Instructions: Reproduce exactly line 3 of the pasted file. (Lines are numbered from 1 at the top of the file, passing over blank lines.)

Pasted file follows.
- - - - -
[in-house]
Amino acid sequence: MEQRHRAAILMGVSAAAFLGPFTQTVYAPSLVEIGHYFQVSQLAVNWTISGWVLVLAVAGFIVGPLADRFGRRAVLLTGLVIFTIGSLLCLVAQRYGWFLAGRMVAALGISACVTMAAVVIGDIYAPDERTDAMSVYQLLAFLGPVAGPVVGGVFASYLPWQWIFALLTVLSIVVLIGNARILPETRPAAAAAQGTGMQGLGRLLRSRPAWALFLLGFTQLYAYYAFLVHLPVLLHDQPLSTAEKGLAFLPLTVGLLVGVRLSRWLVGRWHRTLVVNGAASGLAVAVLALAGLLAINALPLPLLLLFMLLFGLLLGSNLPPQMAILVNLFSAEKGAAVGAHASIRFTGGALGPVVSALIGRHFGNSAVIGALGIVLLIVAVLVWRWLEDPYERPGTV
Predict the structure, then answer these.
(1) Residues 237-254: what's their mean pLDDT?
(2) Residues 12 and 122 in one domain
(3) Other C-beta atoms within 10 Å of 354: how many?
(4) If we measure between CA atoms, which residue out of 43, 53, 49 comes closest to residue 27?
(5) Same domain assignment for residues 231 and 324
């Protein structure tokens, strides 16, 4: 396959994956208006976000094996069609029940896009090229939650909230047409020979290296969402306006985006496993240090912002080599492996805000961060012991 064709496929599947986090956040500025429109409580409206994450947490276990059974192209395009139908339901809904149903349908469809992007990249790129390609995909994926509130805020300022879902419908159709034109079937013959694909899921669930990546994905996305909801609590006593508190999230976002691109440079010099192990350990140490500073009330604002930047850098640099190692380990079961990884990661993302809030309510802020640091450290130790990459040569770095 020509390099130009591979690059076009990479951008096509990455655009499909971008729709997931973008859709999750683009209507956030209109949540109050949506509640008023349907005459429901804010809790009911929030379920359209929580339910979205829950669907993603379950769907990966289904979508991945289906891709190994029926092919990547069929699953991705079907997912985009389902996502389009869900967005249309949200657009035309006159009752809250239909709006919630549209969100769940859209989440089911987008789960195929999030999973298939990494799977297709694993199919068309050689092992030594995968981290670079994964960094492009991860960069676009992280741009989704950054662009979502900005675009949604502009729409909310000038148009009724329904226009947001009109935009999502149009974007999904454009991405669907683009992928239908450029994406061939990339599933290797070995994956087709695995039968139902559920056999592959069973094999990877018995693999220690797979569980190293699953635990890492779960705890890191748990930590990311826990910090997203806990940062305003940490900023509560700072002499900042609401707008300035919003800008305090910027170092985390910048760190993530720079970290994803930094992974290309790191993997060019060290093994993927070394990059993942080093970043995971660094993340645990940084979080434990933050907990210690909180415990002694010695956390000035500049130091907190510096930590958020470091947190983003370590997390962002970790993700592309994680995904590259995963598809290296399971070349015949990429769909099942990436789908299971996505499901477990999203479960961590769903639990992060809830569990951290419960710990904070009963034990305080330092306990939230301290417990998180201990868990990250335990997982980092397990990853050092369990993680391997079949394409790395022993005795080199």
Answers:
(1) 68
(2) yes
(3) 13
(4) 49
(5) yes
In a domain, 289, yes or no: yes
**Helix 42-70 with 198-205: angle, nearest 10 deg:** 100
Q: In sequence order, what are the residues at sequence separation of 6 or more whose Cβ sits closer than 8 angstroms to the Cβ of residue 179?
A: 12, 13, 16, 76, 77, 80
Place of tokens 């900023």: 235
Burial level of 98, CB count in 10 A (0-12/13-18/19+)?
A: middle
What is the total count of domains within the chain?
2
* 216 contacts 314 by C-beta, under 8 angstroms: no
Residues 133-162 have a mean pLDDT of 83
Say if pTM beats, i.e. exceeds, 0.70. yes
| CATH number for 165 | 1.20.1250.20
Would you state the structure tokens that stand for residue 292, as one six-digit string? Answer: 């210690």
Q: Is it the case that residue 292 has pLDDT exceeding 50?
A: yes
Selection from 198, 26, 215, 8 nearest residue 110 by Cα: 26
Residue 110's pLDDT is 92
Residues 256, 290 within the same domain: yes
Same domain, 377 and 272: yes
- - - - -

Predict the structure, then answer these.